Commentary: China’s giant pandas bring more than joy to world

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By Zhang Zhizhong, People's Daily

Giant pandas are both China’s national treasures and symbols of wildlife conservation. As a precious wealth given by nature to man, they have been living on earth for over 8 million years, despite the extinction of many other species during the period.

The cute creature has many fans around the world. Wherever they go, the black-and-white bundles of joy would trigger a craze.

In 2011, Yangguang, or “Sunshine,” and Tiantian, or “Sweetie,” were brought to the UK as part of a cooperative research project and were warmly welcomed by the British. There was a long line in front of the panda house to see the cute creatures from China. It was interesting that the craze even inspired envy from their penguin neighbors who threw their dung balls at the crowd.

Because of the world’s desire to see the creatures, giant pandas, for a long time, have been playing a unique role in China’s politics, economy and diplomacy as irreplaceable goodwill ambassadors of friendship.

Since the founding of the People’s Republic of China, giant pandas have been given by China as a national gift to many countries, including the former Soviet Union, the US, UK, France and Mexico.

From the mid-1980s, China had been sending giant pandas overseas for short tours rather than giving them as presents. Since 1994, the animals have been sent abroad for scientific research, while the pandas themselves and their offspring still belong to China.

Since international cooperation on pandas was first launched in 1996, the China Conservation and Research Center for the Giant Panda (CCRCGP) has established scientific research relations with 14 zoos of 12 countries. Currently, a total of 30 giant pandas have been sent abroad, giving birth to 18 panda cubs.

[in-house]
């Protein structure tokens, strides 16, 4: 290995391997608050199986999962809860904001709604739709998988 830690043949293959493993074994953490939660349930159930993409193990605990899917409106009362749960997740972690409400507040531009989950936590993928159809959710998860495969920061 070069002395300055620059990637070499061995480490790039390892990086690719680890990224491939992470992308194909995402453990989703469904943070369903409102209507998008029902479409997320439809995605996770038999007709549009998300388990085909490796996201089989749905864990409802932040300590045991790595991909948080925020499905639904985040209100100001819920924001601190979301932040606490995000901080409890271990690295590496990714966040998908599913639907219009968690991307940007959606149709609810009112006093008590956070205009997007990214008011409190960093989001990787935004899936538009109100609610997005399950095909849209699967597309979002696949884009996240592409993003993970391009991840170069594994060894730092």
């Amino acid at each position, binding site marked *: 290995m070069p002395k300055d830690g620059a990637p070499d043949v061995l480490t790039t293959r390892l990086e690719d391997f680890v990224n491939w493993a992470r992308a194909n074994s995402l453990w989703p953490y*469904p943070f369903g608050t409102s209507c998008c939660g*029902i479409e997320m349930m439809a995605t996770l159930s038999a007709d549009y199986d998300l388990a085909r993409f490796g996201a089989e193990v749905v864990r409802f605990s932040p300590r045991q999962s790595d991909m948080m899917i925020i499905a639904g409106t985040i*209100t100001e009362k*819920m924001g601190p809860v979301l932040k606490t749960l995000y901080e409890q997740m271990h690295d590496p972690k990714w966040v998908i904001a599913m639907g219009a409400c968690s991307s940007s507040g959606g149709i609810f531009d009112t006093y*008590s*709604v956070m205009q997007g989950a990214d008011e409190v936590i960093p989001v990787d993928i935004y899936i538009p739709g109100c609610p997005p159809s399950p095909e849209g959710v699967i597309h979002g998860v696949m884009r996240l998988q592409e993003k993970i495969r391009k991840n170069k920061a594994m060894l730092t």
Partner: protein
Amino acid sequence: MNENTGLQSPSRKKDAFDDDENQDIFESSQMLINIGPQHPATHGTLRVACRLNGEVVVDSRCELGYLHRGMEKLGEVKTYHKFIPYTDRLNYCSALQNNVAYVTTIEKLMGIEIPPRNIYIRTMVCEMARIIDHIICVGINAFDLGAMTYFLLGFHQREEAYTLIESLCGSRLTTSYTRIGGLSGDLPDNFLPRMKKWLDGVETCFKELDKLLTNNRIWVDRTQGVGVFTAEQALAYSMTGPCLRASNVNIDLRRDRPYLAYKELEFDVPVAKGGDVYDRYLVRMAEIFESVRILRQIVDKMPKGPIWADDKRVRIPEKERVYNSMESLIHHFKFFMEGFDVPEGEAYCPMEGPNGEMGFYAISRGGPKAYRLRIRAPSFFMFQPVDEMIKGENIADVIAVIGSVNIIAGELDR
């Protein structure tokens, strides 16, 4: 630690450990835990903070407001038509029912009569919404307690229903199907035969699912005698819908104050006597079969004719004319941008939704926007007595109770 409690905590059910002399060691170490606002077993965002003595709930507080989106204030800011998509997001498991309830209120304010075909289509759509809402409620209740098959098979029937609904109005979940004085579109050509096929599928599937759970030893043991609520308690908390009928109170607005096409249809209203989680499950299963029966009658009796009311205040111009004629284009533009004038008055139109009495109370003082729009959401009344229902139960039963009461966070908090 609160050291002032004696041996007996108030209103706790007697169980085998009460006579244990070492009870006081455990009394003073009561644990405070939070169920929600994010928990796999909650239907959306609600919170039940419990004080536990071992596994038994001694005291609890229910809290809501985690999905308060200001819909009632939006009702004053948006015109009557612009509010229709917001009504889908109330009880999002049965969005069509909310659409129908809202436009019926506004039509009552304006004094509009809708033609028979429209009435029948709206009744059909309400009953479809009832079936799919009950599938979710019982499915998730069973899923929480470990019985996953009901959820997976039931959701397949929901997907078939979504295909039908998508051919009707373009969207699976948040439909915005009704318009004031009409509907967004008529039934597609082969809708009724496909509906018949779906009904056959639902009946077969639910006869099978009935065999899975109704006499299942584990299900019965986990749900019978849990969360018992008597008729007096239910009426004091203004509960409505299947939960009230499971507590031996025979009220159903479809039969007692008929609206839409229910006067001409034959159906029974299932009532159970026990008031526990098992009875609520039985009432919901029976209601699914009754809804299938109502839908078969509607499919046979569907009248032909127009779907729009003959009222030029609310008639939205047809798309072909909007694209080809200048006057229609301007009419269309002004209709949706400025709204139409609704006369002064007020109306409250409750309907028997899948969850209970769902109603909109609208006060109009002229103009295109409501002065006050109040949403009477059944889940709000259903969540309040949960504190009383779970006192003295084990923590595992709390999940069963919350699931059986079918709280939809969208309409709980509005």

With the efforts of domestic and foreign scientists, crucial achievements have been made from international collaborative research on breeding, physiology and diseases of pandas. Many papers have been published for its conservation.

Furthermore, the fund for collaborative research effectively accelerated the building of panda protection zones across the nation, especially those below national level, which promoted conservation and the restoration of habitats for giant pandas.

Training and exchanges on heredity and pathology of giant pandas also improved the practitioners’ skills in the country.

The development of such international cooperation has not only strengthened collaborative research of domestic and overseas research institutes on giant pandas but has also propelled the conservation and management of giant pandas and met the world’s aspirations for the animal.

The goodwill ambassadors allow people of the world to know more about China. For example, the Dujiangyan Base, Bifengxia Base and Shenshuping Base of the CCRCGP attract thousands of foreign visitors every year. They gain firsthand knowledge of the local conditions, customs, and humanistic culture by traveling to the hometown of giant pandas, which further deepens their cognition of and affection for China.

In the future, CCRCGP will continue to introduce the world’s advanced technologies, ideas and mature experiences to China through the exchange platform built for international cooperation on giant pandas.

In addition, it will seek broader cooperation on conservation, management, cultural construction, public education and ecotourism with overseas partners, and thus contribute more to the dissemination of Chinese culture and the construction of an ecological civilization.

(The author is secretary of the Party committee of CCRCGP)

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